Thursday, February 25, 2016

Shivers and Signposts

As we wander through life, it often takes us a while to figure out what is truly important. You may have some sort of plan about what you think you will do, but it is often not how things turn out. In essence we make plans and life just kind of happens.


The Book

Len Richman's book Shivers & Signposts is a memoir about his life. During his life he has marched to the beat of a different drummer. And by doing that he has had experiences that many individuals have not had. He tells about the experiences and the lessons he has learned from his life journey. He tells stories about how he got to the different places in his life. I really like that he doesn't just tell about the rosy part of leading a life different from the ordinary, but he tells just how stressful it can be through over commitment. But through the entire journey his life is interesting.

What I Learned

This book actually reminded me that it is fine when things don't run the way we planned. There are times when we will be able to have control over situations and there are times when we won't. It's how we handle these times that is really important. And he also pointed out just how important it is to say no I can do this. You need to recognize that you do have limits to what you can do. That's something I need to keep in mind.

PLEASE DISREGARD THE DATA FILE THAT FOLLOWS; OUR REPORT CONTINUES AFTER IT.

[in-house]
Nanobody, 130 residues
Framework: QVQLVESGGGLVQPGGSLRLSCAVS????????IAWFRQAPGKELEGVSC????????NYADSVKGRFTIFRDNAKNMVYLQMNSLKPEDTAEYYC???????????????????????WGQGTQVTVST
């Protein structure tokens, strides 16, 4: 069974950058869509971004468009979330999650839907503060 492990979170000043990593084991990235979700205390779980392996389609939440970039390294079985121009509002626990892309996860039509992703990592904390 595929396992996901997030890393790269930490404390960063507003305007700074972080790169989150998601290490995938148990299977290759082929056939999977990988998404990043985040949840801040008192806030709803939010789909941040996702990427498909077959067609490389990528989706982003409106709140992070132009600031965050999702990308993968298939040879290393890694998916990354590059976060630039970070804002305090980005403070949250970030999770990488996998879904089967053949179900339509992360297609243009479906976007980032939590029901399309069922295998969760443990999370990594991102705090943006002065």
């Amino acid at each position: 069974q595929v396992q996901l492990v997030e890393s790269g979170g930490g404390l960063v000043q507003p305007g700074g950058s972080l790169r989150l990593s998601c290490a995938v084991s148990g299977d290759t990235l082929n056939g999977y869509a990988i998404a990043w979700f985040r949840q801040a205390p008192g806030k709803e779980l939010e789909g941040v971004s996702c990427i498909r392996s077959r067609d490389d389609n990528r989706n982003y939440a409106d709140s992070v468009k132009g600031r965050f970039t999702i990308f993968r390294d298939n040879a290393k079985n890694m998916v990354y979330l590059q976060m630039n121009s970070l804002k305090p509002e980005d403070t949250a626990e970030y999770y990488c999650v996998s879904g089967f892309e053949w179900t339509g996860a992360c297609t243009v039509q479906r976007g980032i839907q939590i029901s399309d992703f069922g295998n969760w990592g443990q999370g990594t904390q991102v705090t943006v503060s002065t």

Who Should Read This Book

Anyone who is interested in personal growth. It's always a good idea to listen to individuals who are older than us when they provide advice in life. It's even better if you receive advice from an individual who hasn't been afraid to follow their own path in life. So many people ignore their inner voice that is telling that what is really important in life. They are full of regrets. It is refreshing to let others know that you don't have to fit into a mold in order to find happiness.

Bonus Time

It's a giveaway

Disclaimer

Yep, the author provided me with a free copy of this book in exchange for a review, but I told you what I really thought of it.

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